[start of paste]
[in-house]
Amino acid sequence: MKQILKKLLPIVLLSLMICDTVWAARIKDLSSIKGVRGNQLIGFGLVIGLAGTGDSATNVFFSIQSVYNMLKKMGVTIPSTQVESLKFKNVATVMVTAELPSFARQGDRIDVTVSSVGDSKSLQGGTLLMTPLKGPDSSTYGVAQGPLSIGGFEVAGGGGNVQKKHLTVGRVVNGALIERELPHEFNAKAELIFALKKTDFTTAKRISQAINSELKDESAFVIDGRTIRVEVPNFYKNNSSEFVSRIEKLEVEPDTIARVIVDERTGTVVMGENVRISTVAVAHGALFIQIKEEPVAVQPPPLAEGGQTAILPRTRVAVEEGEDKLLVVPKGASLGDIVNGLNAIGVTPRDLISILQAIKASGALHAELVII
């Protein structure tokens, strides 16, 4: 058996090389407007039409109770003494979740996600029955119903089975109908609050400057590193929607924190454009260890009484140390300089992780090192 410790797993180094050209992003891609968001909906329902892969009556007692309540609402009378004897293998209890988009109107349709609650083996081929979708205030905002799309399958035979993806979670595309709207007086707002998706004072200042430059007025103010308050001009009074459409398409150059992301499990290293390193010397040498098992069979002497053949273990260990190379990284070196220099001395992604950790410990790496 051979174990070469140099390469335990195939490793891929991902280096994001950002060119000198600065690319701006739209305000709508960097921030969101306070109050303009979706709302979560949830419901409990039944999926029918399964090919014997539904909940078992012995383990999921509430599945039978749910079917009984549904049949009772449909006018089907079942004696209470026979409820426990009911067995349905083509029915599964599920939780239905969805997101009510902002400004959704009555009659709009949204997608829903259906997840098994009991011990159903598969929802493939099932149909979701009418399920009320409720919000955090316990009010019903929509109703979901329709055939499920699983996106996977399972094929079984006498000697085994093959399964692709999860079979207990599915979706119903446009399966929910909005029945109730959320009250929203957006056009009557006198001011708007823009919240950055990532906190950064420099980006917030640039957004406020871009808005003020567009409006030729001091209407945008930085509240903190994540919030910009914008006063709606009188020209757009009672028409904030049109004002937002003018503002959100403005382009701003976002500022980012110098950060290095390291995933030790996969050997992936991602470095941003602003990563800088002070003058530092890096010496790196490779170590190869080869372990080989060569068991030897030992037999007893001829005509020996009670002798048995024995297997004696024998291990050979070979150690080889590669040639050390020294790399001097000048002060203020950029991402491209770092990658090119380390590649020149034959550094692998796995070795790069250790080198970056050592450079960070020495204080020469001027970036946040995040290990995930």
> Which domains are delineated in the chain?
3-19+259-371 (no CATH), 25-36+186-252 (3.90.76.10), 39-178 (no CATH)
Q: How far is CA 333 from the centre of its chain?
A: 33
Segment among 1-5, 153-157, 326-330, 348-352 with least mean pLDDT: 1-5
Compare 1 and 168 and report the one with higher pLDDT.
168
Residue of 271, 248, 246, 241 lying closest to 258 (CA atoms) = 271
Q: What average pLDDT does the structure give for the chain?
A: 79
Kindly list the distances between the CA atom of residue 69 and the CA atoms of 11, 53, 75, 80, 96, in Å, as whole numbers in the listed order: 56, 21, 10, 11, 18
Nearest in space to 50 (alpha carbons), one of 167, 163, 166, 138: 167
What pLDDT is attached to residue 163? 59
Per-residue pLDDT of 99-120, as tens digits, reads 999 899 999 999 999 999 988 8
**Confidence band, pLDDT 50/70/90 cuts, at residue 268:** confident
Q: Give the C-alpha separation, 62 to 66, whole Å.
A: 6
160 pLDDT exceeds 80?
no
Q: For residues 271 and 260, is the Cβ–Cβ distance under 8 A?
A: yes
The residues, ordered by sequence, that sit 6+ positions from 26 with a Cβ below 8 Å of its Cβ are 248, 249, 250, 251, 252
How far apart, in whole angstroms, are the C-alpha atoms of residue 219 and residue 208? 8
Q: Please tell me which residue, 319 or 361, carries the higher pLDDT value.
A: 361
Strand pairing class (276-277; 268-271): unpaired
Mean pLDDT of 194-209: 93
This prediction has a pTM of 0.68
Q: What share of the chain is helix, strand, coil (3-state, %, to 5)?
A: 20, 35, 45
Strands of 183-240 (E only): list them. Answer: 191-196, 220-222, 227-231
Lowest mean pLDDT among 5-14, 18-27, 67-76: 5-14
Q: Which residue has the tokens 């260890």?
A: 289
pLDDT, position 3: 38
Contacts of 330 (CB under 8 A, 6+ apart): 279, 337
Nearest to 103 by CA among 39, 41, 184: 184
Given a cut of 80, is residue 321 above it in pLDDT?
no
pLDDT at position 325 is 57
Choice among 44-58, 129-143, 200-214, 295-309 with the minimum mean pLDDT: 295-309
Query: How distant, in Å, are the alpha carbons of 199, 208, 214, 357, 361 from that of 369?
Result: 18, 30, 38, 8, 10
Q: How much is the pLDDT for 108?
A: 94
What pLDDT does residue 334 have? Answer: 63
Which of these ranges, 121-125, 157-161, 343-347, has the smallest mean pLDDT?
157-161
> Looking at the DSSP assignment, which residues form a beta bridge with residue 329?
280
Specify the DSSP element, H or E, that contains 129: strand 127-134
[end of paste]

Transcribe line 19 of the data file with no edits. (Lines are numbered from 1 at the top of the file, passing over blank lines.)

Q: Give the C-alpha separation, 62 to 66, whole Å.